Displaying items by tag: Mercy Ships
This is the third year in a row that Stena Line have launched a donation campaign in favour of the non-profit organisation Mercy Ships life-changing work, bringing free medical care to where it’s needed the most with their floating hospital Africa Mercy.
During the month of October guests travelling onboard Stena Line ferries are given the opportunity to donate by rounding up every purchase. All donations during the campaign will be matched by the UK Government.
The campaign “Round Up for Charity” will be live onboard the operators fleet of 37 ferries in Europe during the month of October.
Guests travelling are given the opportunity to round up every onboard purchase in restaurants, bars, cafés and shops. To round off the campaign, Stena Line will round up the donated amount as well. The full amount will be donated to the life-changing work of Mercy Ships, bringing free medical care to some of the poorest countries in the world.
“In October more than 500,000 people are travelling onboard Stena Line’s ferries in Europe and if everyone contributes with something, we will easily exceed last year’s donation of 200,000 Swedish kronor (SEK)”, says Erik Lewenhaupt, Head of Sustainability, Brand & Communication at Stena Line.
This year the Stena Line and Mercy Ship campaign is part of the UK Aid Match initiative #changetheodds and all donations during the campaign will be matched by the UK government*.
Mercy Ships floating hospital the Africa Mercy is currently in the port of Dakar, Senegal. The ship arrived in August 2019 and will stay throughout June 2020. Every donation will make a great difference and an example of this is that less than 1,500 SEK is enough to give one person their eyesight back with a simple cataract eye-operation.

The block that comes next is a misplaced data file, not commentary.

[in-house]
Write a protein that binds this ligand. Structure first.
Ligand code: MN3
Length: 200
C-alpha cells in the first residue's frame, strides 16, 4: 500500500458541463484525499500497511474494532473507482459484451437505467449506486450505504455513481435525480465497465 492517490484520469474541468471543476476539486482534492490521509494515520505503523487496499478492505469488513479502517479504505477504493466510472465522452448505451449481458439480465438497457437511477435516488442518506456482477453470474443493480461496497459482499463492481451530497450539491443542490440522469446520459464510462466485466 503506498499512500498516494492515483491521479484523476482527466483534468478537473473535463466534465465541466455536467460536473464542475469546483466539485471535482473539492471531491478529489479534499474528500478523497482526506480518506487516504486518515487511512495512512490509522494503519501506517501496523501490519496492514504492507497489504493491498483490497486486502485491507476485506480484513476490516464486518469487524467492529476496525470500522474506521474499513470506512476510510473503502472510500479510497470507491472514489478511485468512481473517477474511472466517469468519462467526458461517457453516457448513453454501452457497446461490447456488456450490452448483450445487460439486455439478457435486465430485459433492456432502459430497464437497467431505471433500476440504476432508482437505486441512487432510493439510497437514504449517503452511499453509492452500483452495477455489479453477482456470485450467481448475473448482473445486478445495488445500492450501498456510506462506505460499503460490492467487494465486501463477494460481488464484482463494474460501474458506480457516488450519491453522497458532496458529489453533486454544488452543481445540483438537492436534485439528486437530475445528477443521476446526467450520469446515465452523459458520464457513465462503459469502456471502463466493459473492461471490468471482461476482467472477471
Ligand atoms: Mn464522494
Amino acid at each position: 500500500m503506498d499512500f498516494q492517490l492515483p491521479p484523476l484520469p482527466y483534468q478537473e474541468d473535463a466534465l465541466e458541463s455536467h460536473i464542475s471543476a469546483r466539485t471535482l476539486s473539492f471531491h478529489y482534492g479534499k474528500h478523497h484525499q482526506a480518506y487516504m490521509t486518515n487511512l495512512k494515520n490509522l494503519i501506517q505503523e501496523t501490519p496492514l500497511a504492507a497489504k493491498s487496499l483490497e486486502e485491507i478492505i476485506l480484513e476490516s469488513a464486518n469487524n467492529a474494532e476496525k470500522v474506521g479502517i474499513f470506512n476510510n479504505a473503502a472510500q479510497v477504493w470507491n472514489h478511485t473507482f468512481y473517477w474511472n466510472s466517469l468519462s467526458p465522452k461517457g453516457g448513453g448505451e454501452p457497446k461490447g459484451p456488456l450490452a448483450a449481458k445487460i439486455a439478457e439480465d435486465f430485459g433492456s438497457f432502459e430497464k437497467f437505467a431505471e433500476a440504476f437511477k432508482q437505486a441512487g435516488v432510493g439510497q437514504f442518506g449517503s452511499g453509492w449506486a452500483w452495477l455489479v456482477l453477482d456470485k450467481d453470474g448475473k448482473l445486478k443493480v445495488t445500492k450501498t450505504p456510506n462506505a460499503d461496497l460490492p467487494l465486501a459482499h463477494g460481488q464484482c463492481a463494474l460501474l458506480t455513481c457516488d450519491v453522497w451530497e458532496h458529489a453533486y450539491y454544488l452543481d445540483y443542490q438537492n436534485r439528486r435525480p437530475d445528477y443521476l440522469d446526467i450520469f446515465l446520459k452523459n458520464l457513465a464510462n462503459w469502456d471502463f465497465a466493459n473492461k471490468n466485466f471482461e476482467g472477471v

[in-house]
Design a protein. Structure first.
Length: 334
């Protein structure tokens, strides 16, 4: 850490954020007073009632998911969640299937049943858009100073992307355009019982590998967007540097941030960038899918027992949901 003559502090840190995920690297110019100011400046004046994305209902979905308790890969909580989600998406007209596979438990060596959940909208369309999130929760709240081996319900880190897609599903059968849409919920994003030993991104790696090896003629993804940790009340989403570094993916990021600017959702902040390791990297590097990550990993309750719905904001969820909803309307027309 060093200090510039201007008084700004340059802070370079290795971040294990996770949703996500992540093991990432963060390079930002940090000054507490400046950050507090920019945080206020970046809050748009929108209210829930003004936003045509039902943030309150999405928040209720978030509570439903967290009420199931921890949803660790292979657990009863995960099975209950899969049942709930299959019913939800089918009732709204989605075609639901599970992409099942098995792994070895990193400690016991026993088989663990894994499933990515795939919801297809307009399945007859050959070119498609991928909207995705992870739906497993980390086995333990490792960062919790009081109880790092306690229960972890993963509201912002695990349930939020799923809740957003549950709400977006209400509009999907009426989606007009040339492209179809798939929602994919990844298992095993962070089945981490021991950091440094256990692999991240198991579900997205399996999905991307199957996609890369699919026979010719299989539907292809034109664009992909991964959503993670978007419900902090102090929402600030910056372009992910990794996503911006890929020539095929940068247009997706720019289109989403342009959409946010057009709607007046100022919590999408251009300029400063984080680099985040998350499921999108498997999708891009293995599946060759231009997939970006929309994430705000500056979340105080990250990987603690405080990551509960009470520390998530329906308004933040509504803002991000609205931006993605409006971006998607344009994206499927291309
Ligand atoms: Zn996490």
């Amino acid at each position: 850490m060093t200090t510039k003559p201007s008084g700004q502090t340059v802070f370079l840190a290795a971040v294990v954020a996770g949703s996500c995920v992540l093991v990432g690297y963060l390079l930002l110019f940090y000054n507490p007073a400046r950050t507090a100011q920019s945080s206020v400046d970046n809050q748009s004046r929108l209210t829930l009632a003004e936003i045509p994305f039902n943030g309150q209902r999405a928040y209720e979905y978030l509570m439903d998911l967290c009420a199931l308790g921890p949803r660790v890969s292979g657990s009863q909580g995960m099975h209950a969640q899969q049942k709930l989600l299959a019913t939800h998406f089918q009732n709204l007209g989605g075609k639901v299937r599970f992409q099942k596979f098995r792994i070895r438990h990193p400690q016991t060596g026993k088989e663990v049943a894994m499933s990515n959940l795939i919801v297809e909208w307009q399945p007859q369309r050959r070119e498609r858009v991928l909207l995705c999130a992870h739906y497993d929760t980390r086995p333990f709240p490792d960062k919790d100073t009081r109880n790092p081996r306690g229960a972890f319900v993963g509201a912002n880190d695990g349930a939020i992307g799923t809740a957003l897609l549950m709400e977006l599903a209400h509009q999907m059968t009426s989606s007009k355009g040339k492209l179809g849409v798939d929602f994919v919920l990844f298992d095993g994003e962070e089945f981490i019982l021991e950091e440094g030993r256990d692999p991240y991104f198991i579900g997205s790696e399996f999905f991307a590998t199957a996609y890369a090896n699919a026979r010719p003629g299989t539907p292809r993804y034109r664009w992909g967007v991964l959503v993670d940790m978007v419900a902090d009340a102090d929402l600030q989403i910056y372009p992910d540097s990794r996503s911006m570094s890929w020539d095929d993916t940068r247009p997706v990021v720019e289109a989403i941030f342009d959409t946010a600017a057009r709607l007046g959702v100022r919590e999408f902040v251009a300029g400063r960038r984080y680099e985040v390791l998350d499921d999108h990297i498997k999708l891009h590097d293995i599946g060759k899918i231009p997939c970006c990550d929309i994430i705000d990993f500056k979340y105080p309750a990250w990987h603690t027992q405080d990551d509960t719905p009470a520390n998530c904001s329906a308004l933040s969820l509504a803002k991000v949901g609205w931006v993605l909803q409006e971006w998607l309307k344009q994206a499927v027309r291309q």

Since the start in 1976 Mercy Ships have provided close to 50,000 eye operations. One of the patients is Monique from Cameroon who lost her sight from cataract at six years of age, stopping her from attending school. At the age of nine a simple eye-operation onboard Mercy Ships changed her life in less than 20 minutes, and she got her eyesight back. Soon she could return to school and her future is bright, in more than one way.
To read more about Monique's story click here.
A successful partnership
Stena Line and the non-governmental organisation Mercy Ships initiated a partnership in 2017 and have since then run several donation campaigns together onboard the ferry fleet raising more than 350,000 SEK in total. The operator has also initiated their own volunteer programme, offering employees the opportunity to apply for volunteer positions onboard Africa Mercy for a period of 2-6 months. The Stena Line volunteers are guaranteed leave of absence and the cost for transportation and vaccinations is covered by the company.
“The partnership with Mercy Ships is an important part of Stena Line’s corporate social responsibility and engages everyone from the management to our employees working onboard, but also our guests and partners which we a proud of” adds Lewenhaupt.
*Donations received between the 1st of October and the 31st of December will be matched by the UK government.
For further information visit the MercyShips website here.
Following another successful volunteer program in 2018, two more employees from a ferry company are preparing for a three-month adventure, joining the Mercy Ships hospital ship ‘Africa Mercy’.
In addition to fundraising and raising awareness for the humanitarian NGO, Stena Line also aims to contribute the unique technical and naval competence held by its employees to the work of Mercy Ships.
In the next few days two Stena Line Able Seamen, Martina Thowsen and Alexander Gustafsson, will commence their journey in the Las Palmas ship yard where the hospital ship Africa Mercy is scheduled for maintenance before continuing the journey down to the coast of Senegal. Exactly what their specific tasks will be depends on the ship’s needs at the time, but they both up for the challenge.
“I feel very prepared for what is yet to come and want to thank my colleagues at Stena Line who have shared with me their very valuable experience and knowledge”, says Alexander Gustafsson, Able Seaman at Stena Nautica, operating on the Varberg - Grenaa route.